U.S. Open changes pregnancy leave penalty

After Serena Williams returned to the court of the French Open following her maternity leave for daughter Alexis Olympia, the world-renowned athlete entered the tournament at a ranking of No. 453 — where she was previously ranked at No. 1; but now, Glamour reports that the backlash from the move has caused the U.S. Open to revisit and revise their rules.

According to Glamour, the French Open organization has “now spoken out to announce a change in post-maternity protocol, one that will no longer penalize any female player returning to the sport after pregnancy.” But that’s not all: the U.S. Open is also making similar changes, says Glamour, “creating a special protection on seedings for women who return to the sport post-pregnancy.”

In an interview with the New York TimesGlamour says U.S. Tennis Association (which oversees the U.S. Open) president and chairwoman Katrina Adams not only explained the decision as the “right thing to do,” but also as a move toward achieving social parity.

“We are all about social justice and equality, and this is definitely an instance of equality,” she said. “We think it’s a good message for our current female players and future players: It’s OK to go out and be a woman and become a mother and then come back to your job, and I think that’s a bigger message.”

Also the bigger message: making sure Williams gets her due as one of the best athletes of all time.

“Serena Williams is arguably the greatest player to ever play, with 23 Grand Slam titles,” Adams continued, according to Glamour. “She deserves the respect to be put in that position.”

Serena makes tennis court appearance in catsuit

Tennis phenom and world-class athlete Serena Williams made her return to Grand Slam tennis recently, and she did so in superhero fashion.

According to Reuters, Williams took to the French Open wearing a black catsuit befitting a Marvel superhero — or at least, that’s how she explained her outfit.

“‘I call it like my Wakanda-inspired catsuit. It’s really fun,” she said, Reuters reports,  referencing the fictional Sub-Saharan African nation which is home to superhero Black Panther in Marvel Comics. ‘I feel like a warrior in it, like a warrior princess kind of, queen from Wakanda maybe.'”

Explaining it as her way of being a superhero, Williams did pose a different reasoning for her catsuit: health. After “health concerns over blood clots” after giving birth to daughter Alexis Olympia in September, Reuters says Williams offered that the catsuit is a practical (and stylish) solution to keeping her blood flowing regularly.

“Yeah, the catsuit, I had a lot of problems with my blood clots, and, God, I don’t know how many I have had in the past 12 months,” she explained. “So it is definitely a little functionality to it. I have been wearing pants in general a lot when I play so I can keep, you know, the blood circulation going.”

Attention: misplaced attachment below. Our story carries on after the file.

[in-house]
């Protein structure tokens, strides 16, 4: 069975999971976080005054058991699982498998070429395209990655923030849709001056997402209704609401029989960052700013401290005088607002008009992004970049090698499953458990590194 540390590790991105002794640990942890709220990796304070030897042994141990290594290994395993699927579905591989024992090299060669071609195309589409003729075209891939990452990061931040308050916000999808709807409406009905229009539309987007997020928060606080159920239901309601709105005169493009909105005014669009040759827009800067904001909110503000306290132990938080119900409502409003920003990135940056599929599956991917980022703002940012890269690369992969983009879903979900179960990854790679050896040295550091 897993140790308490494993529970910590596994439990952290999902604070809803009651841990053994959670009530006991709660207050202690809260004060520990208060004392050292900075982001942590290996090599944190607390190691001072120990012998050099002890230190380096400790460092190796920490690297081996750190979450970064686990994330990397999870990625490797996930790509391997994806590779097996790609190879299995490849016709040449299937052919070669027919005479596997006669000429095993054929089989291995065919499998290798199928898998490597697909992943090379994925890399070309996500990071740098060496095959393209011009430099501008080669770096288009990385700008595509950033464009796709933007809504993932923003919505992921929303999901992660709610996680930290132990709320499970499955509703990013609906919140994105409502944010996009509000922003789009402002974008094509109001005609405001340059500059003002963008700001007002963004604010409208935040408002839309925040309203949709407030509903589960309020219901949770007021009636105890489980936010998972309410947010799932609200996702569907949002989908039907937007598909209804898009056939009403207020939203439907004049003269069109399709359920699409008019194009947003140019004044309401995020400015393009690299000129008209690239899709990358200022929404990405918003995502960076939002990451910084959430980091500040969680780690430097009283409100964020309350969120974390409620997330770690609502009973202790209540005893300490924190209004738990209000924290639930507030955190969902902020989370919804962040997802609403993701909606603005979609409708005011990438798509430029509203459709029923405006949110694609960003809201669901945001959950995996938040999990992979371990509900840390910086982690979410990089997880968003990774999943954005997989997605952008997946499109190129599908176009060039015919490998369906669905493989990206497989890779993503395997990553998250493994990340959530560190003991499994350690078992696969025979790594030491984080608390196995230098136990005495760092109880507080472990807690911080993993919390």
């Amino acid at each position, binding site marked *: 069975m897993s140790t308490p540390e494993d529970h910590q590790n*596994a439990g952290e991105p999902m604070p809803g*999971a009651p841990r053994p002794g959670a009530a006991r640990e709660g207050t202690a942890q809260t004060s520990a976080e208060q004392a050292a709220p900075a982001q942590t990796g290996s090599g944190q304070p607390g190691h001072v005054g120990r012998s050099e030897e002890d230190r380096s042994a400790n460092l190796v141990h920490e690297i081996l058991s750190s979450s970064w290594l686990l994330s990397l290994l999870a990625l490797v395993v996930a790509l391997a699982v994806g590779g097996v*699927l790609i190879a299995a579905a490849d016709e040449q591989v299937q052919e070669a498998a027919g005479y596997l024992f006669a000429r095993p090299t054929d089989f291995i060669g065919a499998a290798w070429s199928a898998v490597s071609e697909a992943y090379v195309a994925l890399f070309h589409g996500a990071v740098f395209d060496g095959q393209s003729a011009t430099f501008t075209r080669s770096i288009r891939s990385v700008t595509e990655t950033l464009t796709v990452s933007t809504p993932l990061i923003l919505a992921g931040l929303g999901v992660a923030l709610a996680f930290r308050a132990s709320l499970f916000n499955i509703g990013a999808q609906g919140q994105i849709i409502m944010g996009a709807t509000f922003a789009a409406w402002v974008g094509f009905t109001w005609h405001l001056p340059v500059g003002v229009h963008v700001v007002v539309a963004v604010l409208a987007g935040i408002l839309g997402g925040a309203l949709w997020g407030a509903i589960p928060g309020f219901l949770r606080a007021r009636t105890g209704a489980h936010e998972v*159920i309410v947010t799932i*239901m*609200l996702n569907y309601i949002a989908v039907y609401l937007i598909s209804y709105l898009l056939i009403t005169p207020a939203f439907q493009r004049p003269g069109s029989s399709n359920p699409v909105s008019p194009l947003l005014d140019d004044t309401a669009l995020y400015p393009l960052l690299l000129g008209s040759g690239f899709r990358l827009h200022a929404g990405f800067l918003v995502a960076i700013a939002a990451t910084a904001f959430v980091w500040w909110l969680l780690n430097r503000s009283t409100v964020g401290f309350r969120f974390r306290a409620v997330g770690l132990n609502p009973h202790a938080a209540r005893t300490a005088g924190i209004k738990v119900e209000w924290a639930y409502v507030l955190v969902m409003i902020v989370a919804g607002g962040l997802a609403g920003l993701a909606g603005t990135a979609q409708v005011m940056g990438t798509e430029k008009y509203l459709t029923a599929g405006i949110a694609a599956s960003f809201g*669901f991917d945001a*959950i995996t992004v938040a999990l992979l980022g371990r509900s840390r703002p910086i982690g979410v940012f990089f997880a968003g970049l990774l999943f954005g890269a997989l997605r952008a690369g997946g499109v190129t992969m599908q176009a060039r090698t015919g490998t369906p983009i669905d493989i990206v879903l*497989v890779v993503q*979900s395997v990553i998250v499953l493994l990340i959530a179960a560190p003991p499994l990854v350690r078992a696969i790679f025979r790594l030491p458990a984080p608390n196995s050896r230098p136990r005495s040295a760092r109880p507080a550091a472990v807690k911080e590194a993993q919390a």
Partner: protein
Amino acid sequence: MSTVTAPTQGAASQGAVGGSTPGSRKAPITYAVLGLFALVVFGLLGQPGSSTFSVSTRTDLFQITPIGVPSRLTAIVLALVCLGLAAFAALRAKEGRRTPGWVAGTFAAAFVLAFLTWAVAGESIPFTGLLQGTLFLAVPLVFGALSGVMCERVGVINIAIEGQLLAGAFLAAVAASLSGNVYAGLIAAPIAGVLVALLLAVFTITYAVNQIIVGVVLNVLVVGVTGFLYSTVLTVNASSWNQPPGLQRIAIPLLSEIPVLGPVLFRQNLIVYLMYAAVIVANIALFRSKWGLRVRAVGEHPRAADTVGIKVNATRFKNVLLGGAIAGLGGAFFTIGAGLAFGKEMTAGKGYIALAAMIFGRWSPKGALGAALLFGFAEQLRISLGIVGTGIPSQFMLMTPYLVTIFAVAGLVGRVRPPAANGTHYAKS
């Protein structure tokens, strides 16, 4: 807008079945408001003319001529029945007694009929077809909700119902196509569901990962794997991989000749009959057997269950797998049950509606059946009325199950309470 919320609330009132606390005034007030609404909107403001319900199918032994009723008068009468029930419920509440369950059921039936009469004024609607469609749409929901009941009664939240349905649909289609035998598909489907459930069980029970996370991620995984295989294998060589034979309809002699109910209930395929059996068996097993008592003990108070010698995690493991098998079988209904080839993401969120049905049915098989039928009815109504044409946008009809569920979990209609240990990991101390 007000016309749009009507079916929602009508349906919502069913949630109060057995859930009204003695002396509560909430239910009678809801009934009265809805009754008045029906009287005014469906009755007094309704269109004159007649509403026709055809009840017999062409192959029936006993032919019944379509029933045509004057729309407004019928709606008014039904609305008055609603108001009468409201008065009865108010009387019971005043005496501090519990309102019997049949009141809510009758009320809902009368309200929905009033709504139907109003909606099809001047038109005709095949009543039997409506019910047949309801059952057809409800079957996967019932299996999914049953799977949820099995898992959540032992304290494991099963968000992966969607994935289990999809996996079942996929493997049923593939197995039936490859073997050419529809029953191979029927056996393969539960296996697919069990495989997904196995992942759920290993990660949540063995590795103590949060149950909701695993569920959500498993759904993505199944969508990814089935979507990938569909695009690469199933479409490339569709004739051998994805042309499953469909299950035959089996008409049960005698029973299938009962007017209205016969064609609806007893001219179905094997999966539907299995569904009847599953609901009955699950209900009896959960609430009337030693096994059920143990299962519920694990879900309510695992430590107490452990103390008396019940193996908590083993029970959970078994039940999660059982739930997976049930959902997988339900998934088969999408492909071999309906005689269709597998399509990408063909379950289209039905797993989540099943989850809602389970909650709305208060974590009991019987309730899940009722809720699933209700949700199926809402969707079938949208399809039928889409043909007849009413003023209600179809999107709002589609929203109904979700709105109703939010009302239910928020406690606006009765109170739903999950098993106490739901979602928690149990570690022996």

Who knew functionality could be so stylish — and superhero-ish?

Douglas becomes a ‘shero’

Gabby Douglas has made two Olympic appearances, won several gold medals and sits atop the world of gymnastics as one of the most celebrated athletes to come out of the sport. But of all of these accomplishments comes one that is all about inspiring young children to follow in her footsteps.

According to HuffPost, Douglas has officially joined Barbie’s “Shero” line with a doll of her own. The line, which “features other badass women like director Ava DuVernay, actress Emmy Rossum and ballerina Misty Copeland,” aims to depict different kinds of female heroes, says HuffPost.

Accompanying her doll is a description of why Douglas was chosen for the line, citing her “confidence, work ethic and belief in herself” as reasons why she is “an extraordinary role model to girls.”

“The Gabby Douglas Barbie® doll celebrates the extraordinary accomplishments of this inspiring athlete and earns her role as a Barbie® ‘Shero’ honoree, a female hero inspiring girls by breaking boundaries and expanding possibilities for women everywhere.”

For Douglas, the doll is not only inspiring young boys and girls to pursue their dreams, it’s also about quashing limitations placed on us by society based on how we look.

“It’s so important in the African American community to have that doll that looks like you,” she told HuffPost. “For me that’s really big because it sends a positive message saying, you know what you can go out there and achieve your goals no matter what your hair looks like, no matter what color your skin is.”

The doll, which is currently on sale, retails for $24.95.

 

 

Biles named AP Female Athlete of the Year

With a stellar performance at the summer Olympic games that resulted in 5 medals, it’s safe to say that Simone Biles is considered one of the top names in sports in 2016. But this week, the Associated Press confirmed her elite status, naming her their Female Athlete of the Year.

According to the AP, Biles received the honor after a vote conducted by news editors and directors around the United States; after all the votes were in, Biles came away with the victory after receiving 31 out of a possible 59 votes.

The AP reports that “U.S. Olympic swimmer Katie Ledecky, who won four golds and a silver in Rio, finished second with 20 votes. Serena Williams, who won Wimbledon for the seventh time to tie Steffi Graf’s record of 22 Grand Slam titles, and three-time AP women’s NCAA basketball Player of the Year Breanna Stewart tied for third with four votes each.”

The fifth gymnast to receive the title, the AP says previous honorees include “Olga Korbut in 1972, Nadia Comaneci in 1976, Mary Lou Retton in 1984 and Gabby Douglas in 2012.”

Congratulations to the world-class athlete!